The December 2022 issue of IEEE Spectrum is here!

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The Freedom Fight

The campaign for free software

1 min read

Matt Lee is one of the Net’s leading young activists, but you won’t find him on Facebook. Or Twitter. Or MySpace. The scruffy 27-year-old forsakes these and other proprietary sites as the campaigns manager of the Free Software Foundation, the grassroots group fighting to remove restrictions from the computer programs we use. The mission: to empower the gamer generation by letting them freely modify and share software, and have access to the code behind the scenes.

Lee preaches the gospel well, because he grew up with it. The free software movement began when legendary hacker Richard Stallman created and disseminated a free operating system called GNU in 1983. Lee, an autodidactic hacker from Manchester, England, heard a calling in Stallman’s message. The once underground online world was exploding mainstream, and with more start-ups dominating the way we communicate and interact, the stakes were on the rise.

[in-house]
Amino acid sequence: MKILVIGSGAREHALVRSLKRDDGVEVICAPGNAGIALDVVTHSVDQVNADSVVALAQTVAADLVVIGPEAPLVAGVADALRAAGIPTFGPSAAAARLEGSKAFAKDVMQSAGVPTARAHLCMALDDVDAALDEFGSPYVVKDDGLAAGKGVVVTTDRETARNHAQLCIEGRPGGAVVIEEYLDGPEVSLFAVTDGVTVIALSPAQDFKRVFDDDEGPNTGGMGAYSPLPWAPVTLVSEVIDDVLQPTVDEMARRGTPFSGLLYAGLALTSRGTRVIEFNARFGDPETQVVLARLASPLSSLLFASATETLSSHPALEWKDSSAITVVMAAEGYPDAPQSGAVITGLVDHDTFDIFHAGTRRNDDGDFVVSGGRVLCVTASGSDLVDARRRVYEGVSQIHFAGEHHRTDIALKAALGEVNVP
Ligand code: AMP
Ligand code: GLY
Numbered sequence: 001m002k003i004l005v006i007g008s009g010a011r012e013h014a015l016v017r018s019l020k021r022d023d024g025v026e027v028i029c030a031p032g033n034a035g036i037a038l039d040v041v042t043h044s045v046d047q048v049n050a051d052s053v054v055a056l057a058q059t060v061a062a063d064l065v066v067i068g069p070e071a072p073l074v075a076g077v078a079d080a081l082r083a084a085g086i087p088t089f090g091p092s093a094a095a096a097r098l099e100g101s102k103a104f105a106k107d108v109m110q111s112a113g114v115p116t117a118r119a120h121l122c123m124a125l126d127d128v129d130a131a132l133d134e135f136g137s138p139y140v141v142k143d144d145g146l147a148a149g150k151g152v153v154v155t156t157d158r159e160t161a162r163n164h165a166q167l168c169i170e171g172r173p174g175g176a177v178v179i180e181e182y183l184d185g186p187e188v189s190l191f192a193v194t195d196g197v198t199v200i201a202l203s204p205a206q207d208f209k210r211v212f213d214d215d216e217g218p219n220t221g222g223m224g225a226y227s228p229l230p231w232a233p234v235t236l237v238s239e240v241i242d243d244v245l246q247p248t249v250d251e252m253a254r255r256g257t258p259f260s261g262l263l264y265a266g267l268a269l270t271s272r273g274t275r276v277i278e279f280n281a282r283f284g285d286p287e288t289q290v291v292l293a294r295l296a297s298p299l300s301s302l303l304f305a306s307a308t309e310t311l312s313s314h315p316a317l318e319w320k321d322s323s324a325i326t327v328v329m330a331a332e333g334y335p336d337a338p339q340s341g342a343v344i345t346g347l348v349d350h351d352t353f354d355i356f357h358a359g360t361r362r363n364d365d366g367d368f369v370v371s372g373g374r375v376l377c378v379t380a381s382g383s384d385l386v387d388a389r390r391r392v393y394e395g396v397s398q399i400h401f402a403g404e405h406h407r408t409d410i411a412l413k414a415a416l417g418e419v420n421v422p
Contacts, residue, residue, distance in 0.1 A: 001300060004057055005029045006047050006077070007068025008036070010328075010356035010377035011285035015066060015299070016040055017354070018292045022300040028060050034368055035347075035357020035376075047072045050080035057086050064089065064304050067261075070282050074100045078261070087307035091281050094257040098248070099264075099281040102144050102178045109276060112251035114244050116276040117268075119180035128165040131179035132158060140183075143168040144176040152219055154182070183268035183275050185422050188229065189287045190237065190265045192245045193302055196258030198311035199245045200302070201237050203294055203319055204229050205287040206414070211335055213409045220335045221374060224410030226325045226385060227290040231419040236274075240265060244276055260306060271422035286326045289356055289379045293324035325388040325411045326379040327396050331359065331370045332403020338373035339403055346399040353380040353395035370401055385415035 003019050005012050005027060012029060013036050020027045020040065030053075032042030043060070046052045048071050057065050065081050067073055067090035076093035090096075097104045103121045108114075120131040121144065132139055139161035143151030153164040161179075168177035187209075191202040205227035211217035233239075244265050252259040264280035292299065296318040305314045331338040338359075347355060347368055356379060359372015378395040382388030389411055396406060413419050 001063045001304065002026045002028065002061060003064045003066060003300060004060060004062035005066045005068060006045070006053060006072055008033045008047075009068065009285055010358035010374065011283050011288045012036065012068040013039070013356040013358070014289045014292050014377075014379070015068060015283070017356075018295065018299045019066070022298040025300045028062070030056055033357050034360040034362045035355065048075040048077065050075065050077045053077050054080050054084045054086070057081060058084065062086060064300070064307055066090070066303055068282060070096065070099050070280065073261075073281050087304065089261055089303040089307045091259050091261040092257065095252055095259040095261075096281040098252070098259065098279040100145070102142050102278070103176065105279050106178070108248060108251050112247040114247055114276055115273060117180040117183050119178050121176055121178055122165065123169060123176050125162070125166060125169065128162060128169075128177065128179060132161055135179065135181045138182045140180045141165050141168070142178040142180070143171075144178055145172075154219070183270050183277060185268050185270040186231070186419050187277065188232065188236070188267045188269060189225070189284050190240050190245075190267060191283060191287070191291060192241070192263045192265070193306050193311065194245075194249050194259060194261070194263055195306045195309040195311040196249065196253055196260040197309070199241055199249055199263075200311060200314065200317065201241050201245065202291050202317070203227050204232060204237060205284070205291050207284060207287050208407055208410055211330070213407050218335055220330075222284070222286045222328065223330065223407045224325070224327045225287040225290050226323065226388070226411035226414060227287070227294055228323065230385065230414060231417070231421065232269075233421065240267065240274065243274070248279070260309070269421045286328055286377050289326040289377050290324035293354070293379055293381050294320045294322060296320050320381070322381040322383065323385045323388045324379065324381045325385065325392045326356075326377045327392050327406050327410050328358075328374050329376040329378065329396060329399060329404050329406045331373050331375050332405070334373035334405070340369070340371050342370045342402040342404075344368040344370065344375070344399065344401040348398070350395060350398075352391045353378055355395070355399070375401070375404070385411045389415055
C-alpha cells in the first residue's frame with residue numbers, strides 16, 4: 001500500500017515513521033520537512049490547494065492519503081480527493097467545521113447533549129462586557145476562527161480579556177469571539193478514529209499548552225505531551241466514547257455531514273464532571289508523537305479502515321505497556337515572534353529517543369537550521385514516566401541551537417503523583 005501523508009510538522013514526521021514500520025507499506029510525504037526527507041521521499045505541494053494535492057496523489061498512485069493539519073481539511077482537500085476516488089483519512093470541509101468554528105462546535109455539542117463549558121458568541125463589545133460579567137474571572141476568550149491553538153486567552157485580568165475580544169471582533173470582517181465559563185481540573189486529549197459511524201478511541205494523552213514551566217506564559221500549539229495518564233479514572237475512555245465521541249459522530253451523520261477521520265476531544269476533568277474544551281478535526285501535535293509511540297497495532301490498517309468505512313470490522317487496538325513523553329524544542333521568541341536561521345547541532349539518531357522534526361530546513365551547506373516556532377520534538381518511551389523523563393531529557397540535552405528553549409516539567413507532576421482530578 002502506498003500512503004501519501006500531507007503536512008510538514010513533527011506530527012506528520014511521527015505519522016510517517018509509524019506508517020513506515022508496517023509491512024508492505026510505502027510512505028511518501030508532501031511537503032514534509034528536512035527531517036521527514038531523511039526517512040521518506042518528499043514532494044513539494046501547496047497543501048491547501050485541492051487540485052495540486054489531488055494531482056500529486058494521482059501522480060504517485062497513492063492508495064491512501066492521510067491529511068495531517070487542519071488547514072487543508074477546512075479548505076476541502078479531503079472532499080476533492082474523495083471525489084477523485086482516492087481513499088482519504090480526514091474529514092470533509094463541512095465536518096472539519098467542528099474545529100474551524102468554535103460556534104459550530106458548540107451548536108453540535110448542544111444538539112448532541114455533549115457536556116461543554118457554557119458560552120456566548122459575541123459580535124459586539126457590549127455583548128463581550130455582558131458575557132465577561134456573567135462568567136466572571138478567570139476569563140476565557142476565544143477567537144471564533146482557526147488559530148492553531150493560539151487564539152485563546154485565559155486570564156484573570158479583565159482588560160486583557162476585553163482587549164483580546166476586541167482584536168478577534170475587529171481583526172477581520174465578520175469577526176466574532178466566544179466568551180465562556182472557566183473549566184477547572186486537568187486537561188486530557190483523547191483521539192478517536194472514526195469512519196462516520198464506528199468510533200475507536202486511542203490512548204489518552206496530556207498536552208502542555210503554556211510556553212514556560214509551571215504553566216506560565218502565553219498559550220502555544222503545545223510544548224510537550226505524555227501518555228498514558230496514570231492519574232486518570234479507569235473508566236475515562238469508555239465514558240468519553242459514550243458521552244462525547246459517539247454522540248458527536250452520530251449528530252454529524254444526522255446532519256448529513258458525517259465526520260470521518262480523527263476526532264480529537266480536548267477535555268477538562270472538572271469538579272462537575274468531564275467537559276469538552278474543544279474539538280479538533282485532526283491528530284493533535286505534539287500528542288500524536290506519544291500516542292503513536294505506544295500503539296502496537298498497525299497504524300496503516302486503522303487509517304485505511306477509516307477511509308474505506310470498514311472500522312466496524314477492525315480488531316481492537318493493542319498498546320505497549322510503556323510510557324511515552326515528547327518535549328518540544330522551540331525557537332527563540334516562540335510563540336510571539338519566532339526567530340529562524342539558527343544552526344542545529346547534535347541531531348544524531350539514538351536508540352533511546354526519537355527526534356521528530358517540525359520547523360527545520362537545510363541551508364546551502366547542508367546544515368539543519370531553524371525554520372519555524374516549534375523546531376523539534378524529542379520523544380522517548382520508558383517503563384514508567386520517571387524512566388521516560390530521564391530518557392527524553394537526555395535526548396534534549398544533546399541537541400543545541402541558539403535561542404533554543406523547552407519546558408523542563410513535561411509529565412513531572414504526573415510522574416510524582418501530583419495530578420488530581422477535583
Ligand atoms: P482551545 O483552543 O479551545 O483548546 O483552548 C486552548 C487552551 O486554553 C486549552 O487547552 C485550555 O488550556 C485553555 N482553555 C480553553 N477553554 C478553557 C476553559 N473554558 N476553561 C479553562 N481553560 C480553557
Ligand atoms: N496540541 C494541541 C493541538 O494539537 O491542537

After striking up a friendship with Stallman via email, Lee moved to the U.S. to runt the Foundation’s website and take on perhaps its most important task: educating a new generation of computer users who blindly embrace every new online fad. When he’s not organizing protests, Lee travels the world speaking on the new wave of free software alternatives – from social networks to online games.

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Deep Learning Could Bring the Concert Experience Home

The century-old quest for truly realistic sound production is finally paying off

12 min read
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Image containing multiple aspects such as instruments and left and right open hands.
Stuart Bradford
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Now that recorded sound has become ubiquitous, we hardly think about it. From our smartphones, smart speakers, TVs, radios, disc players, and car sound systems, it’s an enduring and enjoyable presence in our lives. In 2017, a survey by the polling firm Nielsen suggested that some 90 percent of the U.S. population listens to music regularly and that, on average, they do so 32 hours per week.

Behind this free-flowing pleasure are enormous industries applying technology to the long-standing goal of reproducing sound with the greatest possible realism. From Edison’s phonograph and the horn speakers of the 1880s, successive generations of engineers in pursuit of this ideal invented and exploited countless technologies: triode vacuum tubes, dynamic loudspeakers, magnetic phonograph cartridges, solid-state amplifier circuits in scores of different topologies, electrostatic speakers, optical discs, stereo, and surround sound. And over the past five decades, digital technologies, like audio compression and streaming, have transformed the music industry.

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